Recently, it has become clear that some of the functional divergence in GSK-3 proteins can be attributed to tissue specific interactions. For example, the majority of glucose/glycogen homeostasis appears to depend mainly on GSK-3α, with a minor contribution of GSK-3β in skeletal muscle [20][22]. However, loss of GSK-3β alone can rescue a mouse model of diabetes [23]. Even more striking, in the heart, GSK-3β is suggested to be important for embryonic cardiomyocyte development [24], while GSK-3α is implicated in postnatal stress responses via β-adrenergic signalling [25]. Despite these data, comparatively little is known about the relative transcriptional regulation of these two genes. In fact, the majority of reports suggest that both genes are expressed in most cell types (reviewed in Doble & Woodgett, 2003 [26]).

In this paper we have outlined two new reporter alleles for GSK-3. These alleles enable us to comparatively assess expression of GSK-3α and GSK-3β, as well as allowing us to determine areas of transcriptional upregulation at different time points. Because of the known GSK-3β phenotypes, and because mRNA expression in the palate is well documented, we focused specifically on the palate and the cranial sutures. Our data suggest that there is indeed differential expression of GSK-3α compared to GSK-3β, which would account for some of the loss of function phenotypes.

GSK-3β is known to be required for proper growth and elevation of the palatal shelves. Consistent with this, we found activity of the GSK-3β reporter during critical developmental periods, with enriched expression in the posterior palate at e13.5. GSK-3α does not show this increased expression at e13.5 raising the possibility that GSK-3β is the key player during embryonic palatal development (Figure 2). This notion is further supported by the observation that GSK-3α mutants have normal palate development. Furthermore, the GSK-3β reporter continues to be expressed in the midline of the palate at P6, while GSK-3α expression is absent (Figure 2). We have previously shown that GSK-3β is required during ossification of the palatine bone [17], this role might continue postnatally, perhaps during fusion of the palatine suture.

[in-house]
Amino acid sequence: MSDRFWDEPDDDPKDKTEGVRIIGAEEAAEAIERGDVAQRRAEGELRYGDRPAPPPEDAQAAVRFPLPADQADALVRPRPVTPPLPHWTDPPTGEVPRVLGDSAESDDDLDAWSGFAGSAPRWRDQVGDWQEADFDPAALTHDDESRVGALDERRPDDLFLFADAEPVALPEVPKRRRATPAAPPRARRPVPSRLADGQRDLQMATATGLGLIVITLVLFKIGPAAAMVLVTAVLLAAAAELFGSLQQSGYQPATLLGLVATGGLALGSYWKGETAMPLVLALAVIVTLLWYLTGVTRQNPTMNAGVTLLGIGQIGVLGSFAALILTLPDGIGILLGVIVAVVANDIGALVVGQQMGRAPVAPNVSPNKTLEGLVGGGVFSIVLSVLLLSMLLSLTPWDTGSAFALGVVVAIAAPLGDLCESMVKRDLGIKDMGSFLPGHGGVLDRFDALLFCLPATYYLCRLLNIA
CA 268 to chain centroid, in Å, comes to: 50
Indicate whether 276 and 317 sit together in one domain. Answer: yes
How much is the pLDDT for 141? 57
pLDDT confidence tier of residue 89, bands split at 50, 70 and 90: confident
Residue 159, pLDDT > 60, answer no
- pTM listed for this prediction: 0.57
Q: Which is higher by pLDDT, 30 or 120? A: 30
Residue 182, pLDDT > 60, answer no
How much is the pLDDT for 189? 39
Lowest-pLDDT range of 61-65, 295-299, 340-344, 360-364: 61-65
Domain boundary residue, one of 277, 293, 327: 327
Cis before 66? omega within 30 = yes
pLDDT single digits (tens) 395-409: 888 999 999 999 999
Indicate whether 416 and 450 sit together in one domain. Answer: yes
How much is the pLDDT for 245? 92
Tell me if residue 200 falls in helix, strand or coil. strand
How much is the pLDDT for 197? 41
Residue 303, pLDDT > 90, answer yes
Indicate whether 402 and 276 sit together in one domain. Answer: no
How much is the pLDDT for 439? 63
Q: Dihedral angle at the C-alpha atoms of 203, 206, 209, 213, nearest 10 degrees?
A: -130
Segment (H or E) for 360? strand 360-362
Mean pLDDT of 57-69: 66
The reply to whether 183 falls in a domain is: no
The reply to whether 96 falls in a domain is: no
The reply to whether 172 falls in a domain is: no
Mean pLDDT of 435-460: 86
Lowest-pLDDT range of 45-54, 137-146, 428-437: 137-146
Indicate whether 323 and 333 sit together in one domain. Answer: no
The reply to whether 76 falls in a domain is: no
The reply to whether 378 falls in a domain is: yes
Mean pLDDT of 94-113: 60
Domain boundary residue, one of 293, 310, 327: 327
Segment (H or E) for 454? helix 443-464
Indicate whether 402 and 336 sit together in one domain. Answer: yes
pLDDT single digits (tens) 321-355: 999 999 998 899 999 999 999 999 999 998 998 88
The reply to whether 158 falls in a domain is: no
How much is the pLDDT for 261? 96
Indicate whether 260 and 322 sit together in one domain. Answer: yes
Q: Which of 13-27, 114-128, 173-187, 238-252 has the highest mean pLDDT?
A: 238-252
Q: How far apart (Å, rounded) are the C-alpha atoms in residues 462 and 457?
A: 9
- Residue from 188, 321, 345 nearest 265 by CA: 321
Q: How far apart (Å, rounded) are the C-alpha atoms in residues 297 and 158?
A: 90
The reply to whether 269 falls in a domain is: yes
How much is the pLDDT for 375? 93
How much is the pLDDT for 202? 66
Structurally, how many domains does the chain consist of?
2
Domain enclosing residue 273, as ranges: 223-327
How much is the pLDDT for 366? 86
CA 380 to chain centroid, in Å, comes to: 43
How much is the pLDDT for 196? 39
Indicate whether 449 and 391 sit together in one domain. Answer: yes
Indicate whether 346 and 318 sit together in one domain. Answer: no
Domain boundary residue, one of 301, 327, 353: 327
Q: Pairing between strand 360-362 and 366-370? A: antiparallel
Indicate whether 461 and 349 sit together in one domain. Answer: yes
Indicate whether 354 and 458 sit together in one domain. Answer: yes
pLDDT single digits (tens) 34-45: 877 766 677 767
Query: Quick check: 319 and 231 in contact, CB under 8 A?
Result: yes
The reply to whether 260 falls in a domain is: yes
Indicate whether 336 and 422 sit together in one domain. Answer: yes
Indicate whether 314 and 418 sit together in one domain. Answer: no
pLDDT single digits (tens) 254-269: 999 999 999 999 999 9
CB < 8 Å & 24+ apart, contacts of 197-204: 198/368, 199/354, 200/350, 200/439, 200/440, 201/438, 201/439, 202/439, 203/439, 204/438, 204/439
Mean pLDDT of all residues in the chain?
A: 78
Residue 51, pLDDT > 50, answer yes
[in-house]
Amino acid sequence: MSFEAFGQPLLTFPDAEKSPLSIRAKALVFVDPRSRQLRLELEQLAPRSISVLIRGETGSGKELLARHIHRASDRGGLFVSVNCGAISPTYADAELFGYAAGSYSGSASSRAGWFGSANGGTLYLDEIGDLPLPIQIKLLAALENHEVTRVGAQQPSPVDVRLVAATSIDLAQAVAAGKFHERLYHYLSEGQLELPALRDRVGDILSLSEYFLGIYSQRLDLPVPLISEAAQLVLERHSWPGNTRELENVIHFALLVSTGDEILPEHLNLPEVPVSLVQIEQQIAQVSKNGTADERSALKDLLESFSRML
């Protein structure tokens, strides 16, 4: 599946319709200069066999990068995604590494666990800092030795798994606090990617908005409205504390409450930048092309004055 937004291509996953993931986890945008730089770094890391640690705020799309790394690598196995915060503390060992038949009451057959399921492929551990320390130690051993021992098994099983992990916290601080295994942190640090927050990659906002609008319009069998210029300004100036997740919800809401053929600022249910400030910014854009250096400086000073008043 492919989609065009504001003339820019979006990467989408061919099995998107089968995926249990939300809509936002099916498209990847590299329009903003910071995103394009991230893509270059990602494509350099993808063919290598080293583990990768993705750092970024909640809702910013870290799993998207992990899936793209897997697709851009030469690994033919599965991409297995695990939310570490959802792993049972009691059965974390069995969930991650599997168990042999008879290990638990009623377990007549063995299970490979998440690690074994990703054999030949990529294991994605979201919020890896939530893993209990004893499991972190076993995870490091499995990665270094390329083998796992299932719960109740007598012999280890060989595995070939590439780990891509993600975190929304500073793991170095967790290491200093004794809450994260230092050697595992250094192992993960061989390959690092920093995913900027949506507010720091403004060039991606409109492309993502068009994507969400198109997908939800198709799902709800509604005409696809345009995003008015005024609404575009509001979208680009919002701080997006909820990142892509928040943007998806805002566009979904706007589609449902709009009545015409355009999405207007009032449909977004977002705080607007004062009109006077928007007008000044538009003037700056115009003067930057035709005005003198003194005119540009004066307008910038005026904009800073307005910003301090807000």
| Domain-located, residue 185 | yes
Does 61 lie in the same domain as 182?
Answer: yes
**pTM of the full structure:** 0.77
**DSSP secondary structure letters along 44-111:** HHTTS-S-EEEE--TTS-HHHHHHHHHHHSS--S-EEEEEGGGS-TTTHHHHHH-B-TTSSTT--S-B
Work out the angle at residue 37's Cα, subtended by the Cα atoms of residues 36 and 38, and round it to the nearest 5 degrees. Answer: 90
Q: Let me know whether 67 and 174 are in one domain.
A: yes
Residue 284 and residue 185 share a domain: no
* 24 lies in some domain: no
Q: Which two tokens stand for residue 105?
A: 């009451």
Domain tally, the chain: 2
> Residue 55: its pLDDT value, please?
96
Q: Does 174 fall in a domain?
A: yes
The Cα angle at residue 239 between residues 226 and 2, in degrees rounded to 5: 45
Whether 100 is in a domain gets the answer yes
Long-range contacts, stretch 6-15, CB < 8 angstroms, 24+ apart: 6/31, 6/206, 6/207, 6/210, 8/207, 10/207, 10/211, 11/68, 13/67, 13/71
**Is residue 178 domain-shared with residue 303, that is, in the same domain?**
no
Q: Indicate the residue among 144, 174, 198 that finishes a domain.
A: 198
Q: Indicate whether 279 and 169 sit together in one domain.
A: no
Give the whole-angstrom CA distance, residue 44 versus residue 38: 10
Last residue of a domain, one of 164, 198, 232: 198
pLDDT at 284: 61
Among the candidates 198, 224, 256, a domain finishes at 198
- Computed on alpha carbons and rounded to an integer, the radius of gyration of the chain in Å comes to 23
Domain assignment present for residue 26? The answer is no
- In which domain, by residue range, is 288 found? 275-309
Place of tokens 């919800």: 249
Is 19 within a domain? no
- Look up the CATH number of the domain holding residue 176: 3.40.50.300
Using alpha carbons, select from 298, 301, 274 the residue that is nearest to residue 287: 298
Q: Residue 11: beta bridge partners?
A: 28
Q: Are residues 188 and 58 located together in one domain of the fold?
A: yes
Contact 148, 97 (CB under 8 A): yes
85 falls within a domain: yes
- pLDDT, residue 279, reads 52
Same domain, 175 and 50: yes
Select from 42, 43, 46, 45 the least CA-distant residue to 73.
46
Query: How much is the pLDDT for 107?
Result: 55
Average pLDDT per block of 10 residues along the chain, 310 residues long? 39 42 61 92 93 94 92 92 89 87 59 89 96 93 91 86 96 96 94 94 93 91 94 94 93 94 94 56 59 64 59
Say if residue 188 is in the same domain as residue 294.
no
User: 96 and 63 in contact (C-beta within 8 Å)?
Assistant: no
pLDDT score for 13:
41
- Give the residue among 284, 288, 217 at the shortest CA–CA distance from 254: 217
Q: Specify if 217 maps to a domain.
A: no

During development of the cranial sutures, we were surprised to find robust expression of the GSK-3α reporter and more refined expression of the GSK-3β reporter (Figures 34). Both GSK-3α and GSK-3β mutants display some cranial phenotypes (Figure 5 and [8]); however, it may be that GSK-3β phenotypes can be attributed to earlier embryonic effects, prior to ossification (HL Szabo-Rogers and KJ Liu, in preparation). This would suggest that GSK-3α will prove to be more important during postnatal sutural maintenance. Certainly, GSK-3α nulls do not exhibit any of the severe embryonic craniofacial and skeletal phenotypes seen in GSK-3β mutants [8]. However, the subtle patency of the interfrontal suture supports the idea that GSK-3α is important in sutural development (Figure 5). Long-term studies will be needed to address this possibility.